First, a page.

Mastering The Eulogy

A eulogy is a gift both to yourself, and to others
A eulogy is a gift both to yourself, and to others
Image Credit: Quinn Dombrowski

Man, if there is one type of speech that I don’t look forward to, it’s a eulogy. I mean, what an incredibly sad time – someone has just died. Since I’m going to be at the funeral you know that I knew them and so I’m going to be very sad. Now you want me to stand up in front of everyone else who is sad and try to give a speech? That sure seems like it might be asking just a bit too much. However, those other sad people need some comfort in their time of loss. Perhaps my speech can provide them with just part of what they need. Dang it, I guess that I need to do this.

Plan Out Your Eulogy

When you are asked to deliver a difficult speech like a eulogy, the one thing that you really don’t want to do is to try to wing it. You are going to have to take the time to make sure that you fully understand the environment in which you’ll be speaking. This is going to include such things a the manner in which person died, how the audience felt about him or her, and what they think of you. All of these things will play a role in how you shape your speech.

One of the key aspects of your speech will have to do with how you choose to organize it. This is going to require that you make a series of decisions. The first of these will be to determine the purpose of your eulogy – why are you giving it? In order to achieve your purpose, you are going to have to very carefully choose the tone of your eulogy. The tone can range from being light to being solemn or anywhere in between.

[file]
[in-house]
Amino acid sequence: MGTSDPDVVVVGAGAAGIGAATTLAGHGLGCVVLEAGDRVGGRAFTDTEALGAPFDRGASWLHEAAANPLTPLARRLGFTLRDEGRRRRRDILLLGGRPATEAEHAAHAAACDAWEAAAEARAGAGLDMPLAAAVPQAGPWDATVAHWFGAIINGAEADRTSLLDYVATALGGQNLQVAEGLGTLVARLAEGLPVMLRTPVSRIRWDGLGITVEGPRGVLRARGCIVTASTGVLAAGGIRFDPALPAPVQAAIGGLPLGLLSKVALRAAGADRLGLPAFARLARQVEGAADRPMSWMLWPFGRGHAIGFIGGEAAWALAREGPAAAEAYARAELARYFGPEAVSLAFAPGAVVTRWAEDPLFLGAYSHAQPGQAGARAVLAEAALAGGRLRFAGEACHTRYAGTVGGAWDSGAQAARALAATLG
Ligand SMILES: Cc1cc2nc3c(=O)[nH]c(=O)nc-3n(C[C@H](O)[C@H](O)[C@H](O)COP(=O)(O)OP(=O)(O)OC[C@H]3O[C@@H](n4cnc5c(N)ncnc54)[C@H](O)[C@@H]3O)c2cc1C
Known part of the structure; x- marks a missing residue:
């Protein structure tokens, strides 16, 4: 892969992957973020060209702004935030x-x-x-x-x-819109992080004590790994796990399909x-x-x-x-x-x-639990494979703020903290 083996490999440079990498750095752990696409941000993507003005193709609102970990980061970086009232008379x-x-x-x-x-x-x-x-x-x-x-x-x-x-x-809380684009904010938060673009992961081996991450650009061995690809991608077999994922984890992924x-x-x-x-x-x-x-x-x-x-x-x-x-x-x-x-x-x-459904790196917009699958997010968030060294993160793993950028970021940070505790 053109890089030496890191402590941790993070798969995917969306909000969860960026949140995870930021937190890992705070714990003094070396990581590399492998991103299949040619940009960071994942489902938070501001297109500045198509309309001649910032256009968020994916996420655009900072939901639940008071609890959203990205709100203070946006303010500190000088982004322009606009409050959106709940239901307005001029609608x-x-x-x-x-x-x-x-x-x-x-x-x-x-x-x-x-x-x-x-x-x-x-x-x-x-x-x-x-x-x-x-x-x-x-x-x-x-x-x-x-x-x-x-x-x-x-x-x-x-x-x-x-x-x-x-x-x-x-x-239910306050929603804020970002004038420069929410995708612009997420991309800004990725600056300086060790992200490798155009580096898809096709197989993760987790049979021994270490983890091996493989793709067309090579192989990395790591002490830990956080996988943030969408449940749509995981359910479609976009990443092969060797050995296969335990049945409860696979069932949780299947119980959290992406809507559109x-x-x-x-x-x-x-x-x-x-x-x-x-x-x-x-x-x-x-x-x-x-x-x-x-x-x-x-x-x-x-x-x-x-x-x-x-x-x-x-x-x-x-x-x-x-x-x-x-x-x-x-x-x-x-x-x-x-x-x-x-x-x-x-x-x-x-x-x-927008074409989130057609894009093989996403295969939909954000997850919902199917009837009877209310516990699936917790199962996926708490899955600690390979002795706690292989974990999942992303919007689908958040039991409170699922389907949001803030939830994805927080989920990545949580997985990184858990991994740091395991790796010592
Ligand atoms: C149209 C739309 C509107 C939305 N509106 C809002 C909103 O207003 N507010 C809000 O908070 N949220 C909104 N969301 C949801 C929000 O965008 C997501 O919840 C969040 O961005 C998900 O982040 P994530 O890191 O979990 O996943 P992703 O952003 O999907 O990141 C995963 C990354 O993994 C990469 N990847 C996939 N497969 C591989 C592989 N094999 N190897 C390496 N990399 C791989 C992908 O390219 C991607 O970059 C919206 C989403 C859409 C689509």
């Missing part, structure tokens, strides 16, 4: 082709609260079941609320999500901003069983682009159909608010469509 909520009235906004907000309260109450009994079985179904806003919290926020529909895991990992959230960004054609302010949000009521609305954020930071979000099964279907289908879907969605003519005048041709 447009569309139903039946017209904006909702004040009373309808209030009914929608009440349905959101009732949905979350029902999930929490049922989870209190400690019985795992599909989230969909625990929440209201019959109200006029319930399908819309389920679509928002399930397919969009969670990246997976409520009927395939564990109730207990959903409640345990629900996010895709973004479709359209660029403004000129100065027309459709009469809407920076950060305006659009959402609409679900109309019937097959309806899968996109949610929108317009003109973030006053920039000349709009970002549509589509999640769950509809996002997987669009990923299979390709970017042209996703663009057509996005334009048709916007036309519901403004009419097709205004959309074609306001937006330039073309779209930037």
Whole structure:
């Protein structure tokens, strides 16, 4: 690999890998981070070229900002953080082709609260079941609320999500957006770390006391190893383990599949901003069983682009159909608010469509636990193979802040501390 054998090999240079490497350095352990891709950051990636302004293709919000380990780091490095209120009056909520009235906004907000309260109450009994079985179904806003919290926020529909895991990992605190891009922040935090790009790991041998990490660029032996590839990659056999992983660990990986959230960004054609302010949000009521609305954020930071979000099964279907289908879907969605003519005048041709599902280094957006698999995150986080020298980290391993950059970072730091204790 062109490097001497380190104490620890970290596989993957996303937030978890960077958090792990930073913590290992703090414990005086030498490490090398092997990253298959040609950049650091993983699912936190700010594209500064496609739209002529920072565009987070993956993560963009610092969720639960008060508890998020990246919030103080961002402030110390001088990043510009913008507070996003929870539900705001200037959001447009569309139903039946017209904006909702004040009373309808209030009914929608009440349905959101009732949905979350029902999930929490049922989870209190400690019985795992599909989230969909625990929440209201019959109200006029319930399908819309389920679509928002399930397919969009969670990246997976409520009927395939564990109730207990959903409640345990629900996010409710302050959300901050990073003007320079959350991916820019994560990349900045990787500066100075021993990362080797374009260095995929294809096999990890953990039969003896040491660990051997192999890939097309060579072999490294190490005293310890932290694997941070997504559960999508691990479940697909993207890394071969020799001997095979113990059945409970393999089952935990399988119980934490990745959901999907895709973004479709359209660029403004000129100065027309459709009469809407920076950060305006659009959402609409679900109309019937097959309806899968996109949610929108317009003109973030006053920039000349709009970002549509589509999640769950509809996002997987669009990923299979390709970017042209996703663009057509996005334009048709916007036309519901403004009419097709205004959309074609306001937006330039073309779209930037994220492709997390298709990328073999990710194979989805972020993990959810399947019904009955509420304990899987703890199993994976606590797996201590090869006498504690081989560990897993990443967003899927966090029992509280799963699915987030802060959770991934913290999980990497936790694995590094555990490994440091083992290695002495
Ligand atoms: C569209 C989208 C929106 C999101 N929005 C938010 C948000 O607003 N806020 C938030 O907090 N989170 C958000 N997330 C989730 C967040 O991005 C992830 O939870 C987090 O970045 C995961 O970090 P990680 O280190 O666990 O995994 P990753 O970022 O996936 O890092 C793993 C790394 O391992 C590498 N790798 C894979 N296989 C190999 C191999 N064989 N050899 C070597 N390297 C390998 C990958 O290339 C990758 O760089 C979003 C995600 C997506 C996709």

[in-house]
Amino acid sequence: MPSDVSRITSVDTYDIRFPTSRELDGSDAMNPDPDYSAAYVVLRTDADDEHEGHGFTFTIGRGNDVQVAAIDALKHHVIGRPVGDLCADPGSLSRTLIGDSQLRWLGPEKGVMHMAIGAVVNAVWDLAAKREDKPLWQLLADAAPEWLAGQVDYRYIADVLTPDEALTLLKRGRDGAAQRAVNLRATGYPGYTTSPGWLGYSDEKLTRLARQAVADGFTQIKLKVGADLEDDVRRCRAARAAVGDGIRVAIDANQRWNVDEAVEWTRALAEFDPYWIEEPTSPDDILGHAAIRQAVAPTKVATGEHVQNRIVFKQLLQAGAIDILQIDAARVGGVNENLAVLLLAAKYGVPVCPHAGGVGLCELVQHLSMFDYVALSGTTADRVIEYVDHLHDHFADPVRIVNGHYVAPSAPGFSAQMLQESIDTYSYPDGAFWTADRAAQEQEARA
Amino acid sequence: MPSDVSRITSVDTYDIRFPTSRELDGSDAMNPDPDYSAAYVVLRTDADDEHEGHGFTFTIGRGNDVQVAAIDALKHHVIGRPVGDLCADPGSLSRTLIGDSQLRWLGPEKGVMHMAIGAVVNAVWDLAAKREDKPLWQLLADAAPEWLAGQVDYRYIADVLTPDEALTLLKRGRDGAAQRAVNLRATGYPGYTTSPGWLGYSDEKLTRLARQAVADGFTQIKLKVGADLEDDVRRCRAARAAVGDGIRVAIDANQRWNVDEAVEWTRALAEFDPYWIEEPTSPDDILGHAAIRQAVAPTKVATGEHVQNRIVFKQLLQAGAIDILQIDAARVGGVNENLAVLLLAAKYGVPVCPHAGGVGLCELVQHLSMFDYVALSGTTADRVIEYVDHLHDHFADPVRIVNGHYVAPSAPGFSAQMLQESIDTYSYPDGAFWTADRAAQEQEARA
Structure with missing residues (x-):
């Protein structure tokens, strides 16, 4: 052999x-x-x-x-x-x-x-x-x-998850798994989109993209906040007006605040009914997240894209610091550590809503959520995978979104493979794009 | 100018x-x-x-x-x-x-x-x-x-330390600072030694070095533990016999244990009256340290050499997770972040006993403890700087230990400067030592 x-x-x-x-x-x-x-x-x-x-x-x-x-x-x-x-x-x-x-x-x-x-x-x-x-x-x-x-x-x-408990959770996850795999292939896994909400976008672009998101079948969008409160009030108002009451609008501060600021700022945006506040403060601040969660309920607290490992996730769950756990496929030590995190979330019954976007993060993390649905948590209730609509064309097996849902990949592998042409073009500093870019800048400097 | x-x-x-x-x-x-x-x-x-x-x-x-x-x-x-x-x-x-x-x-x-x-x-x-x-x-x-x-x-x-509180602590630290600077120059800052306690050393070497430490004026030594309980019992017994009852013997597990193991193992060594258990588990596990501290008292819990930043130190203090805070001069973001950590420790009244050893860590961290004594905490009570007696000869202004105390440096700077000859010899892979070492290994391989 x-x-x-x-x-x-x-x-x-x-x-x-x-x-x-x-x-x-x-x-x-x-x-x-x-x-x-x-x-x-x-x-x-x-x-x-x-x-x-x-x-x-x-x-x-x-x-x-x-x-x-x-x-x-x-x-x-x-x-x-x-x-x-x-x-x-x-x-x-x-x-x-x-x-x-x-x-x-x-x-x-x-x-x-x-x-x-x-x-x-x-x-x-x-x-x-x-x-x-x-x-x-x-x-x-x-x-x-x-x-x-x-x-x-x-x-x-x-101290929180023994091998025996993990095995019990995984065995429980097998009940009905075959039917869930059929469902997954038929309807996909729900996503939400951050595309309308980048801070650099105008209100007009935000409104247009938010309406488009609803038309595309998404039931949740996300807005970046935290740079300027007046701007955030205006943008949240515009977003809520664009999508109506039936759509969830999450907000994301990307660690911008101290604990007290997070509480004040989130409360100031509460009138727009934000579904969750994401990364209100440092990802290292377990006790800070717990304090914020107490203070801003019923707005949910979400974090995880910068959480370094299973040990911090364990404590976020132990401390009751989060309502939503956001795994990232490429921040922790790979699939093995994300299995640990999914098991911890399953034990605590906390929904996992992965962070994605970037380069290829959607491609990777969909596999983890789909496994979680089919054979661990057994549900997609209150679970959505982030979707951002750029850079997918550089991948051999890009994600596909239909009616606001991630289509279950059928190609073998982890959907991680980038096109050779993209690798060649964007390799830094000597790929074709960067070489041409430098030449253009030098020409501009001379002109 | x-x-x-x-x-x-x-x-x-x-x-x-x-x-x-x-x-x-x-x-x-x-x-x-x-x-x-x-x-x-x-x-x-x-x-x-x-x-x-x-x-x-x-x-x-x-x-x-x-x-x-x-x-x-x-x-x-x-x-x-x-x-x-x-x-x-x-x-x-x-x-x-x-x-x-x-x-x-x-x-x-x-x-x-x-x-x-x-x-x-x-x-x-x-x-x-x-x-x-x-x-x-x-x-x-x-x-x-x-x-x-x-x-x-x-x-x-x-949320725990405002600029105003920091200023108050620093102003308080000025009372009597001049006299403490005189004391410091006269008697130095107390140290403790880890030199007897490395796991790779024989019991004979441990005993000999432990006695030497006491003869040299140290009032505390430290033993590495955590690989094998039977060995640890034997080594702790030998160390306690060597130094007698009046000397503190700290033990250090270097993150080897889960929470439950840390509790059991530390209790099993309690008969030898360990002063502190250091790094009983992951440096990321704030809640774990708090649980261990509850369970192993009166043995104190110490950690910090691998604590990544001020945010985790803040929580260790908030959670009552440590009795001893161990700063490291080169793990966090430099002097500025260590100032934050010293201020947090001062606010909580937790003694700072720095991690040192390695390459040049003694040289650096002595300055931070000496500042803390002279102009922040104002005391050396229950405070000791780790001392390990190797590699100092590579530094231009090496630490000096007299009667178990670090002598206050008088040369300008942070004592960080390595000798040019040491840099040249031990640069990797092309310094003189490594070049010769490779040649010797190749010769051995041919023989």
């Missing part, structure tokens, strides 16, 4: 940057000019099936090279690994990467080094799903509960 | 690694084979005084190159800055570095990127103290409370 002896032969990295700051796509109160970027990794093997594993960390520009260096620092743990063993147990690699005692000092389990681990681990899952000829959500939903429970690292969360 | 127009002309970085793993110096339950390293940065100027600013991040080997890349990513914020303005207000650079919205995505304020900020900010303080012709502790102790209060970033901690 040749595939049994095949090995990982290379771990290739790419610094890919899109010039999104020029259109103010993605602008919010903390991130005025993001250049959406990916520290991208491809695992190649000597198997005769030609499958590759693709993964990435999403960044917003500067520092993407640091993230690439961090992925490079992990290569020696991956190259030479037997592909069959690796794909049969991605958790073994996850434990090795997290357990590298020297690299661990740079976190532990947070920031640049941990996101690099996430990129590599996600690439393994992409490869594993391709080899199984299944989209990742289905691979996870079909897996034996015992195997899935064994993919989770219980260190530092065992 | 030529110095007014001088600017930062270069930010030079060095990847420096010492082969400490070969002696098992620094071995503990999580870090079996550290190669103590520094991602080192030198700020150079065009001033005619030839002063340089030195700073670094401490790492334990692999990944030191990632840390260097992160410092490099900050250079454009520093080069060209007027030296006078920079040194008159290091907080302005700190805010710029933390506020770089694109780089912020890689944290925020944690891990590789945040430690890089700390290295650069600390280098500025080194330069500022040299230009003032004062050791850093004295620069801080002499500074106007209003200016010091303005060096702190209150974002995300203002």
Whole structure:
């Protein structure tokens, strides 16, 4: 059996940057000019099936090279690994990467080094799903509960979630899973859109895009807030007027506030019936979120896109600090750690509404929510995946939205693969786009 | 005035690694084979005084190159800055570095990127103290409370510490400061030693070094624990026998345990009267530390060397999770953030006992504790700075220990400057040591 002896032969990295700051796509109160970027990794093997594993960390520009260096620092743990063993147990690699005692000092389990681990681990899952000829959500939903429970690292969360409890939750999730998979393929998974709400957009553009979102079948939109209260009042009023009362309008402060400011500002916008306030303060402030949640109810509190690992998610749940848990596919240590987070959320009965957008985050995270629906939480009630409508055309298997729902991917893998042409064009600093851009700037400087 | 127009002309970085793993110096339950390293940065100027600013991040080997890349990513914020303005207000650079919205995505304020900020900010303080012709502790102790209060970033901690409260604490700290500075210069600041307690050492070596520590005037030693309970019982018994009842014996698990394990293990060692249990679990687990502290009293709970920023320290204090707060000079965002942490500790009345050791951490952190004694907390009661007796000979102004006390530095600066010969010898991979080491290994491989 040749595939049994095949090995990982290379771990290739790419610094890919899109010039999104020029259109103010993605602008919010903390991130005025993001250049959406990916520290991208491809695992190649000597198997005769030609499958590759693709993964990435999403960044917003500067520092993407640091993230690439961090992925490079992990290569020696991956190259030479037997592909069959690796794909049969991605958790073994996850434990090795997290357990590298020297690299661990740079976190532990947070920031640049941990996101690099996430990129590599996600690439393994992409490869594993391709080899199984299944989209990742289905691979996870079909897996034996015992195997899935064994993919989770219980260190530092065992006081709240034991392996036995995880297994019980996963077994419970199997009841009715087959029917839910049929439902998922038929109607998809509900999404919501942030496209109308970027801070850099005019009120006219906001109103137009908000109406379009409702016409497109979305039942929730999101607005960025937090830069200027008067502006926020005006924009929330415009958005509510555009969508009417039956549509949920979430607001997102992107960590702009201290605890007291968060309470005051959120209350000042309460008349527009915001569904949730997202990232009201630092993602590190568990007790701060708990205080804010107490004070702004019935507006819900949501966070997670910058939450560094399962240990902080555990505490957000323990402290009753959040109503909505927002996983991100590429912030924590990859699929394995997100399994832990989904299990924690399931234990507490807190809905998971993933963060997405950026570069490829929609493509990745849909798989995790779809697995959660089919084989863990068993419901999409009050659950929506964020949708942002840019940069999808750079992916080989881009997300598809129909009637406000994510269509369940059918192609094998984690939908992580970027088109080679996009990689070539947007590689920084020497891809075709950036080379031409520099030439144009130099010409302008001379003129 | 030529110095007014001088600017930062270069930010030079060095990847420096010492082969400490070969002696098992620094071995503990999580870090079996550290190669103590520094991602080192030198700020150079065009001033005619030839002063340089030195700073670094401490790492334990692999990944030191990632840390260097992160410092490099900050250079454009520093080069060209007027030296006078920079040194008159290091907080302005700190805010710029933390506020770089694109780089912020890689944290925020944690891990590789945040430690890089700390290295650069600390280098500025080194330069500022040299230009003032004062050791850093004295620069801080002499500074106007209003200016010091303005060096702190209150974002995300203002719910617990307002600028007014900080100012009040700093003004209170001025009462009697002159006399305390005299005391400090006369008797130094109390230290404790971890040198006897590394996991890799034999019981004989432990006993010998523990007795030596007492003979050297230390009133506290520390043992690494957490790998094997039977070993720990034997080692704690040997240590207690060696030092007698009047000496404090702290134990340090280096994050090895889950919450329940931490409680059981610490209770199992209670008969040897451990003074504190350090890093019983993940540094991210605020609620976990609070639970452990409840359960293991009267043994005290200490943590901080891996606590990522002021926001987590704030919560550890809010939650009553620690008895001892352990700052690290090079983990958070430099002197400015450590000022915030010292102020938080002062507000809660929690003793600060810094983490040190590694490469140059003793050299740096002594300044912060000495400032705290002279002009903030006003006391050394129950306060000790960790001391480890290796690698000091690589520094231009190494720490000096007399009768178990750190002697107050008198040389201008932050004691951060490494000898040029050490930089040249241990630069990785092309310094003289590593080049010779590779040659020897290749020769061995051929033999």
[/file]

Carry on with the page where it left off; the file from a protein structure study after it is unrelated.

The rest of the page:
There are a number of different ways to organize a eulogy. One of the best ways is to pick one period of the person’s life where a lot was accomplished. Use this period to find a focus for your eulogy and tell stories about how important this time was to them. You’ll need to keep in mind that what is going to make your eulogy effective is for you to be perceived by your audience as being sincere. What will contribute to this is when you pace your eulogy correctly and make it just long enough to clearly communicate your main points.

It’s All About Content, Not Delivery

The good news for you is that one of the things that makes a eulogy so different from the other speeches that you are called on to give is that what is going to matter the most is going to be the content of your speech, not so much how you deliver it. Your audience expects you to be upset by the death and so they will be very understanding if you have any difficulties standing up before them and speaking.

The purpose of your eulogy is going to be to provide an evocative remembrance of the person who has passed on – you want to bring them back to life for the short time that you are giving your speech. What you are going to want to talk about is what characteristics of the person will be most missed by the audience. Was it their kindness? Was it their sense of humor? What you are not going to want to do is to list out a chronology of their life – everyone present already knows that.